Bulls are pointing to the surging metals prices as evidence a supercycle is alive and well.
However, no one but a snake oil salesman would suggest that what we are seeing is anything healthy.
The 10-year commodities boom seen earlier this century, for example, was driven by rapid industrialization in China, a long-term expansion that lifted hundreds of millions out of poverty.
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Energy costs drive supply constraints
But the current surge in prices is a result of energy markets driving supply-side constraints.
Apart from the chaos that is the current global energy market, it’s China’s energy crisis that is principally driving metals prices higher.
However, China is far from alone in facing an energy crisis. Multiple other clouds are gathering.
Some are short term, such as coal and natural gas supplies.
Others are longer term, such as explored in a Financial Times post this week.
Property market challenges in China
The precarious state of China’s property market and the longer-term push by Beijing to pivot the economy away from construction toward consumption.
The impact of China’s property market on the last supercycle and the current metals market cannot be overestimated. Even today, China’s property sector accounts for an estimated 30% of the country’s near $15 trillion economy, the Financial Times reports, Construction alone accounts for about half of China’s steel consumption.
Some metals, like copper, cobalt, nickel and lithium, hold promise in the longer term due to rising demand from electrification. There is evidence to suggest this will simply supplant demand from a dwindling construction sector.
William Jackson, chief emerging markets economist at Capital Economics, is quoted as saying “China’s property sector is right at the end of a boom period,” which would have profound consequences for suppliers of products like iron ore, coking coal and metals used in construction, like copper and aluminum.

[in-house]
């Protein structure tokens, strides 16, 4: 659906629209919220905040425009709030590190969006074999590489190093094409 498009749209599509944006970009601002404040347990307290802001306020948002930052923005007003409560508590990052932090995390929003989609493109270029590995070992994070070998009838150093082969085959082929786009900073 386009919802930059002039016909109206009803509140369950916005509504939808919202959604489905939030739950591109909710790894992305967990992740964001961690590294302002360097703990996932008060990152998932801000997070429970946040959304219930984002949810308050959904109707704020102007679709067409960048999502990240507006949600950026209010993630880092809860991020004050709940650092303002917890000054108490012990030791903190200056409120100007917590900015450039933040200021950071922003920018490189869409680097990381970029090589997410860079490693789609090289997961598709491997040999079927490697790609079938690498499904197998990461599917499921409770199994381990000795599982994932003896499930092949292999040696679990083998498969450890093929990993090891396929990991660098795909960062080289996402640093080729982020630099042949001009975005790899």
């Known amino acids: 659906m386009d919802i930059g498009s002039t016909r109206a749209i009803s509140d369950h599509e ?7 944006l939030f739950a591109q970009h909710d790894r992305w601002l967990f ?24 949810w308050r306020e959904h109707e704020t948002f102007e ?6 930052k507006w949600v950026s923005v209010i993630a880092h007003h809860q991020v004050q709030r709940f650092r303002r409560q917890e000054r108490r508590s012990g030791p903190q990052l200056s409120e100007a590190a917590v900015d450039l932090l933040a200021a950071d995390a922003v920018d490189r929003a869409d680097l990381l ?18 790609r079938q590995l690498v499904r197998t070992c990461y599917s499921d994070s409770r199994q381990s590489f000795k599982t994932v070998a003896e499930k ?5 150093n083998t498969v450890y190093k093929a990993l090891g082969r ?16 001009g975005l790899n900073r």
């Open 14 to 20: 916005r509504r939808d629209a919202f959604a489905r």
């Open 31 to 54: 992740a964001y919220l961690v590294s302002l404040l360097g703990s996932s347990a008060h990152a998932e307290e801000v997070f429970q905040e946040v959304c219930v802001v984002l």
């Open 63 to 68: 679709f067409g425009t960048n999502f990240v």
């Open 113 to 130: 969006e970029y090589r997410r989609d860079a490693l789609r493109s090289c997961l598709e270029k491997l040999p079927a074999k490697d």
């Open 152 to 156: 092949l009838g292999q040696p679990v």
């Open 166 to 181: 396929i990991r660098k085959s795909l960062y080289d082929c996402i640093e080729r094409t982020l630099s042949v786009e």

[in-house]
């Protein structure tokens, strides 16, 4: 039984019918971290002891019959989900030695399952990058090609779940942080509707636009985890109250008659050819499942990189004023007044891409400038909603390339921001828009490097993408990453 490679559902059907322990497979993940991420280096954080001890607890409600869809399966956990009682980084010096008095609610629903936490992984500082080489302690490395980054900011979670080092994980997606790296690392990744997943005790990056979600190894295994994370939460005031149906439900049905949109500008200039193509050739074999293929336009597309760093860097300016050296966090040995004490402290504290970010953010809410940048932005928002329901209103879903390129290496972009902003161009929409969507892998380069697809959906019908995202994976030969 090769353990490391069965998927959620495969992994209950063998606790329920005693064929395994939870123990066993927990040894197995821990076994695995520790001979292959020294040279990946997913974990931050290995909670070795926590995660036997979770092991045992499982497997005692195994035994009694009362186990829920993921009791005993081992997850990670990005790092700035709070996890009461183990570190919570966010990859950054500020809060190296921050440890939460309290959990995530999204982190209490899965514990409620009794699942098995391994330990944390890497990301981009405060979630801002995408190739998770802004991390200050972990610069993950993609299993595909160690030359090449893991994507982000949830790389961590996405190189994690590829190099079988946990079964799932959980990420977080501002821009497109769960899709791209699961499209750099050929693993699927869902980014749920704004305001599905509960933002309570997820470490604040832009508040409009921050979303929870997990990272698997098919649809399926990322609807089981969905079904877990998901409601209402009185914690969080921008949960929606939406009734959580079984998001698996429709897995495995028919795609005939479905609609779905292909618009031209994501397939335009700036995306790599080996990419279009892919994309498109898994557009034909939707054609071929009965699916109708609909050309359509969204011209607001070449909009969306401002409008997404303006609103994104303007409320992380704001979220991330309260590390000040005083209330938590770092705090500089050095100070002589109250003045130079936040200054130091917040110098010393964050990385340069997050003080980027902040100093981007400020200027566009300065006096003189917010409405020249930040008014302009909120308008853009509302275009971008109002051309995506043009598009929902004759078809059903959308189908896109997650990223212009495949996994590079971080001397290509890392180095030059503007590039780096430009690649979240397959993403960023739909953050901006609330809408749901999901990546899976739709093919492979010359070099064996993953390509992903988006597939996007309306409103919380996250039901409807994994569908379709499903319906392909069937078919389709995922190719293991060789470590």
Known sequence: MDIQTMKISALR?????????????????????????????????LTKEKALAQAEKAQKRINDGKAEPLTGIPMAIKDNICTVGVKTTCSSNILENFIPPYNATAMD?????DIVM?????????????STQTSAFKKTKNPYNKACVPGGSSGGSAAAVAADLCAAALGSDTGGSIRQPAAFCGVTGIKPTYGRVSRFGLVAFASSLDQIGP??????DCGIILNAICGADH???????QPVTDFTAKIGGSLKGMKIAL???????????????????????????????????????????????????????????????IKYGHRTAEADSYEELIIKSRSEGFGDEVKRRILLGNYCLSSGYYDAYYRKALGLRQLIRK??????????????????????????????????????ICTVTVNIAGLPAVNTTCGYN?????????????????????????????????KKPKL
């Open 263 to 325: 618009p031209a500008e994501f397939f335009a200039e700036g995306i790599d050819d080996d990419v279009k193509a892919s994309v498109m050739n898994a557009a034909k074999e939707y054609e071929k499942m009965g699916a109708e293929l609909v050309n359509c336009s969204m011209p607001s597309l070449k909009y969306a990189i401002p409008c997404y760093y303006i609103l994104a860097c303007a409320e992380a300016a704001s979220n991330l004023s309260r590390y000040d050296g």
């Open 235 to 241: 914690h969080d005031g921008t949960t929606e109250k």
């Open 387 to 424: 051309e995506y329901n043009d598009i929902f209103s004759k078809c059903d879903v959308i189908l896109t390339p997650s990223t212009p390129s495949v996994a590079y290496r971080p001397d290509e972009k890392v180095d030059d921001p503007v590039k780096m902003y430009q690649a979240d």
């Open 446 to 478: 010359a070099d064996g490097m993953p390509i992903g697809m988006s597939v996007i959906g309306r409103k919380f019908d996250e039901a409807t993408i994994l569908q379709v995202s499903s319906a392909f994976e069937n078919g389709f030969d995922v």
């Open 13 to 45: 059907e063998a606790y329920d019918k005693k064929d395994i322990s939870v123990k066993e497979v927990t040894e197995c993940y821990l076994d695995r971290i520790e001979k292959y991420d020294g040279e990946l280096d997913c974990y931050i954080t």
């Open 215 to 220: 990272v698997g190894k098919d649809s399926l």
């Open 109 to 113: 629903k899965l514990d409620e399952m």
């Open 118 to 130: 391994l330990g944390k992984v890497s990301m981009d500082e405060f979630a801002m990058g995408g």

The impact is not going to be uniform across the commodities sector, some metals will find alternative applications, like electrification. Commodities like agricultural products will continue to see increasing demand from a rising global population and rising living standards.
But global GDP growth will feel the effect of a smaller Chinese property sector in the years to come.
According to the IMF, China delivered 28% of all global output growth between 2013 and 2018, the Financial Times states. If China’s property sector accounted for one-third of that, the sector was responsible for more than 9% of worldwide growth worldwide over that period.
The road ahead
The current logistics and supply side constraints, while immensely painful, will prove relatively short-lived.
We are already seeing steel prices softening. While non-ferrous metals have put in a burst of bullish gains this month, these will likely ease next year, too.
Of more profound and far-reaching impact will be a sharp retraction in China’s construction sector. That would have ramifications and undermine many sectors, such as iron ore, for the rest of the decade. It would also impact economies like Brazil, South Africa and Australia, which are so reliant on the Chinese construction market.
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